Monday, 16 September 2013

Purgatory 2.0

As ever, Cosmas sweeps onto the scene to undo the damage of Damian. I'll be explaining purgatory from my perspective.

Firstly, we should understand the biblical basis for purgatory. Some try to place it in Christ's teachings, but this is quite difficult. The main passage is, as always, in Paul:

"For other foundation can no man lay than that is laid, which is Jesus Christ. Now if any man build upon this foundation gold, silver, precious stones, wood, hay, stubble; Every man's work shall be made manifest: for the day shall declare it, because it shall be revealed by fire; and the fire shall try every man's work of what sort it is. If any man's work abide which he hath built thereupon, he shall receive a reward. If any man's work shall be burned, he shall suffer loss: but he himself shall be saved; yet so as by fire."

Yes, I am aware that this is a heretical translation.

One way to think of purgatory then is this: Perfect faith brings forth perfect works, perfect works point to perfect faith. Purgatory is God's mercy compensating for our own failings.

Purgatory is not the remnant of some kind of dodgy works-salvation theology, whereby we have to pay the price of the broken window, as Damian puts it. This is not biblical.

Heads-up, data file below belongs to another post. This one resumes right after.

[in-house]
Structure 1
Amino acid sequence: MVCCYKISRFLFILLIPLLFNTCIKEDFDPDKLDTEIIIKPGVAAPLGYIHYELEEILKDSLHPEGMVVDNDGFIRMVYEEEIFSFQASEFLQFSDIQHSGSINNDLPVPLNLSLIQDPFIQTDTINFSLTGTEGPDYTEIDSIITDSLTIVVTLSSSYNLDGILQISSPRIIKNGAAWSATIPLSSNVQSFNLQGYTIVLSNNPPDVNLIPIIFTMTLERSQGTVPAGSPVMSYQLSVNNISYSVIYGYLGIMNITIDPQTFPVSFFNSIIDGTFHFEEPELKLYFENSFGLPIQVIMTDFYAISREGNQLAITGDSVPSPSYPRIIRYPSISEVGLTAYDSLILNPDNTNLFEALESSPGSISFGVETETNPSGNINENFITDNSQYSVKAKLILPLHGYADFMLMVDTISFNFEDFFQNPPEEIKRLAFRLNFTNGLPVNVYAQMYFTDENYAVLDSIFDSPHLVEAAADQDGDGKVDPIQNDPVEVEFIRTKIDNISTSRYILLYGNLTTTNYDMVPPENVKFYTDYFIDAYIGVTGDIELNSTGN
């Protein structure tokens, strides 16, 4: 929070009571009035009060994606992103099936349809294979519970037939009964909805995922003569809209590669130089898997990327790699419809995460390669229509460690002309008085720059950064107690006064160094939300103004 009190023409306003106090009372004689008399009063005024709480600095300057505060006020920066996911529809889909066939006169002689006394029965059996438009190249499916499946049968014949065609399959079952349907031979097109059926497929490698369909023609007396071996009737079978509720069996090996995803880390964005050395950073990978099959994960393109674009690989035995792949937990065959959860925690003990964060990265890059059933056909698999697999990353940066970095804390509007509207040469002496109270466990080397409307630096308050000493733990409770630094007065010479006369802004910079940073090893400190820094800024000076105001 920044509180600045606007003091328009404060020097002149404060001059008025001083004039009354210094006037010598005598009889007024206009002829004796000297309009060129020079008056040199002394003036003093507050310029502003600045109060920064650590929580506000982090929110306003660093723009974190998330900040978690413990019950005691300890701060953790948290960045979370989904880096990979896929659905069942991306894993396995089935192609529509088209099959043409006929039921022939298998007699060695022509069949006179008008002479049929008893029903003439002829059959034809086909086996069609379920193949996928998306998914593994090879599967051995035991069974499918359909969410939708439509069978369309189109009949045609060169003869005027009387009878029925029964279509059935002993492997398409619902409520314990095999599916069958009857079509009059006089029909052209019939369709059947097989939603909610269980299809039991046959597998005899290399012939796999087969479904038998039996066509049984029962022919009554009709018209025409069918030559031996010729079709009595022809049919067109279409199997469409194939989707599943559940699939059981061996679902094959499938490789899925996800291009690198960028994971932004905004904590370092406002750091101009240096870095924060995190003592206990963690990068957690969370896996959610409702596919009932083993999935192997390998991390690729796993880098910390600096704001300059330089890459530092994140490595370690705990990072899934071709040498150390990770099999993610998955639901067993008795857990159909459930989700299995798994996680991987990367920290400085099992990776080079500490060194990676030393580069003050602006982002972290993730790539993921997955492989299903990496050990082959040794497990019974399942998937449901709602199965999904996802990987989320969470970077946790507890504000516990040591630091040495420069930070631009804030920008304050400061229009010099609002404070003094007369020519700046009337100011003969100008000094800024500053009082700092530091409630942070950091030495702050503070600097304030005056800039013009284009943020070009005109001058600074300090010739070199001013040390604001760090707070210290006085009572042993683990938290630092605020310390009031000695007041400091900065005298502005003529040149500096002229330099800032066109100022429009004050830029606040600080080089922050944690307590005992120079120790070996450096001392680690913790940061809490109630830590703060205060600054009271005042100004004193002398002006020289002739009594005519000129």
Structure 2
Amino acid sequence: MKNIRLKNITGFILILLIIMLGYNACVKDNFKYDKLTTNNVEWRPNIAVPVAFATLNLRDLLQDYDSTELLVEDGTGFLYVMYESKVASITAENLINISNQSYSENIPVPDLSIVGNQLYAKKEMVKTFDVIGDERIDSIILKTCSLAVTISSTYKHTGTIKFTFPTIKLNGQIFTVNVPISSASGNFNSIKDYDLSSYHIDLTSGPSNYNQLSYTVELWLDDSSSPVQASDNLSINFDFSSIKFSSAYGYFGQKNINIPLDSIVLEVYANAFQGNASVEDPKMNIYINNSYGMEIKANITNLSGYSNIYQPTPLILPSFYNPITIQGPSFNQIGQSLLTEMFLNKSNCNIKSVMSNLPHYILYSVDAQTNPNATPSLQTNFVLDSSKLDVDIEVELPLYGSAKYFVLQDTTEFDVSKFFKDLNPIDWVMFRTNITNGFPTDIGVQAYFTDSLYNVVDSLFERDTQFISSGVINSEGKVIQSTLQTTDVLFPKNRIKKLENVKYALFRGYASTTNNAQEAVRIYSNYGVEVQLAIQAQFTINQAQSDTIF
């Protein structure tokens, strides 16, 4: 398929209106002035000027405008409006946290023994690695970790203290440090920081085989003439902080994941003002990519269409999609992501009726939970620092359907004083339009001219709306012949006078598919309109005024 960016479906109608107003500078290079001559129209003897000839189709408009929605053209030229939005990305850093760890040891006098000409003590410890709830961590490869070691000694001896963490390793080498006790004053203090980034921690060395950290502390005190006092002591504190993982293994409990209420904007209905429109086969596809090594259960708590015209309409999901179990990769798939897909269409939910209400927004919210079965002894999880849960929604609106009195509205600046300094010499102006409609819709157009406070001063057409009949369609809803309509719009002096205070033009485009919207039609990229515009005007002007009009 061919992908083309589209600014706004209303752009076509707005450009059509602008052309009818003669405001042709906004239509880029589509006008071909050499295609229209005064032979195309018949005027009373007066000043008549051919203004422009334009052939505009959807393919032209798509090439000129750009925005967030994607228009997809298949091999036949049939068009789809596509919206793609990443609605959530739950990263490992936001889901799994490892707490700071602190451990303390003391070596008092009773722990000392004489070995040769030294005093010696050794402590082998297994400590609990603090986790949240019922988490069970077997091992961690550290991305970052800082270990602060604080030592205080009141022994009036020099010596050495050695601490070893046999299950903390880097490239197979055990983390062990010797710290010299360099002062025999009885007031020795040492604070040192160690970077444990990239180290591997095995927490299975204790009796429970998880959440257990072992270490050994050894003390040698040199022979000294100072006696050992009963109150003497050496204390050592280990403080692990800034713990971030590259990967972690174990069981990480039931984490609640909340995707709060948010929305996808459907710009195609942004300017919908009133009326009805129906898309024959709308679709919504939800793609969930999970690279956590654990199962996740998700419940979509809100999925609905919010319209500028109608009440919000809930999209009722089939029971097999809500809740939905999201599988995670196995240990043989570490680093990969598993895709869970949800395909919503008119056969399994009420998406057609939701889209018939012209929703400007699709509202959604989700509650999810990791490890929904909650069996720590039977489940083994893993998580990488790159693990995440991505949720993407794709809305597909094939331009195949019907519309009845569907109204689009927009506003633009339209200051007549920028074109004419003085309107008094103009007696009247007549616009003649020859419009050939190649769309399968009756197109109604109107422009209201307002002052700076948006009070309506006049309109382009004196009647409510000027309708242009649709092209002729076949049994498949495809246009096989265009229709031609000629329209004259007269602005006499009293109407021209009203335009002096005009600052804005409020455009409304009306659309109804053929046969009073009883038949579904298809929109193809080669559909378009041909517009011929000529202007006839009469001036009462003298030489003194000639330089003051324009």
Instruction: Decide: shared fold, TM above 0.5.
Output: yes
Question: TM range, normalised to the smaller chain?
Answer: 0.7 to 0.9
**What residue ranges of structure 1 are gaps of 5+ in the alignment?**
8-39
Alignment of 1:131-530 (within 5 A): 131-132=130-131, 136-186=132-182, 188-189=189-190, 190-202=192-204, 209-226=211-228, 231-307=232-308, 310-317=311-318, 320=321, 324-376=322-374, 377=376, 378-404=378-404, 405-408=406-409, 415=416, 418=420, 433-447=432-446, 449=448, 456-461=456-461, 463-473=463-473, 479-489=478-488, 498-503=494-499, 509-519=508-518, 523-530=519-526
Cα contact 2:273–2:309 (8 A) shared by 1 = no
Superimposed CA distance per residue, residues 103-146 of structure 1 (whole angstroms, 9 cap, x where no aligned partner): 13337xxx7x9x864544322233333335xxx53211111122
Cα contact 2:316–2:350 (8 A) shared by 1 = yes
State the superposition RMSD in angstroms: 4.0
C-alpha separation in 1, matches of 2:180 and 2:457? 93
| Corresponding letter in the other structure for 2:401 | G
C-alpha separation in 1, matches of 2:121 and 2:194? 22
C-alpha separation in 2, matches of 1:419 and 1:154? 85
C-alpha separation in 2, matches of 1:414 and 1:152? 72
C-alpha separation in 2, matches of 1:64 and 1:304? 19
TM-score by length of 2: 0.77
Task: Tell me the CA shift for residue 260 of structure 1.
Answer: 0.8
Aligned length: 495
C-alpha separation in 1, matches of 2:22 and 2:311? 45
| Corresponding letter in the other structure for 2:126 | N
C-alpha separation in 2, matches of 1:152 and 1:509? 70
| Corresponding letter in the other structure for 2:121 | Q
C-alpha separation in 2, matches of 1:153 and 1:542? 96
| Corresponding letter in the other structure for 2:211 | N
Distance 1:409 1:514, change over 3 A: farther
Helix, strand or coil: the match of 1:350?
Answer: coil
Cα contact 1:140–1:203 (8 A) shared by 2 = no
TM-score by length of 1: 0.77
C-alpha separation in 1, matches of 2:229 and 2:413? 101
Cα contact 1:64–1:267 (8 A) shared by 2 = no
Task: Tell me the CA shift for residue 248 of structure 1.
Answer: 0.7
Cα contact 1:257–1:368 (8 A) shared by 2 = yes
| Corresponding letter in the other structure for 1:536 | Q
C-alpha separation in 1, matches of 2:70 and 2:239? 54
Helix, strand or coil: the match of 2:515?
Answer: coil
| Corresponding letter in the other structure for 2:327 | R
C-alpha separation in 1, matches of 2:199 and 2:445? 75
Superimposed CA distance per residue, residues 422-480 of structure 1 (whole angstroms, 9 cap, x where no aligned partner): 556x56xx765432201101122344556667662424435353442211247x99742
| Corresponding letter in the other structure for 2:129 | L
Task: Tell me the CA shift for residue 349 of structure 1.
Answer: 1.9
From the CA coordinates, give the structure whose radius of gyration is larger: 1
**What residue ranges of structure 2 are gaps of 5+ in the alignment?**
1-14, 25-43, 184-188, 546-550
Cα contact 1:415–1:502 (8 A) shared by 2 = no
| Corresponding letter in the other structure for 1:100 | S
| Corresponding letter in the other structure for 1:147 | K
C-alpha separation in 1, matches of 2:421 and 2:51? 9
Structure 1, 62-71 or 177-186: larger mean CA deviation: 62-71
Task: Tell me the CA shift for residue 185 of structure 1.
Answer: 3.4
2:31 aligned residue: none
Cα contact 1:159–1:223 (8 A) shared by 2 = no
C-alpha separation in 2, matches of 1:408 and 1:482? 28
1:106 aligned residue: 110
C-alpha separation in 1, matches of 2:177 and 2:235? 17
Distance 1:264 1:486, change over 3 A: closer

The role of purgatory can also be put into these terms: Sin has three consequences: It separates us from God; we enter a debt to goodness that we cannot pay; and it taints us, preparing us to sin further.

Purgatory is not the paying of the debt to goodness.

The separation from God is healed by his omnibenevolent forgiveness. "Man, your sins are forgiven you." Luke 5:20b.

The debt to the transcendent Good is paid for by the Holy Cross of Christ. "You know that you were ransomed (redeemed/paid for) from the futile ways inherited from your fathers, not with perishable things such as silver or gold, but with the precious blood of Christ, like that of a lamb without blemish or spot." 1 Pet 1:18-19

The taint of sin is removed by the obedience of faith, and it is this which, when left incomplete by us, is finished by God's mercy in the fires of purgatory.

Protestants often criticise the doctrine of purgatory for the reason that it seems to promote works salvation. This is not true. When properly understood, it is absolutely biblical.

The Catholic Church requires of believers relatively little regarding what purgatory is like. Drawing from Isaiah 6:5-7. I understand it to be a personal encounter, whereby the soul meets the Lord and is purged by the burning, passionless passion, which is love divine. When we behold him face to face, we become perfect. This links back to my first way to understand purgatory. Perfect faith means that man behold God as he is, and hence brings forth perfection. At the moment of death, faith is abolished and we behold God as he is, and this makes us perfect.

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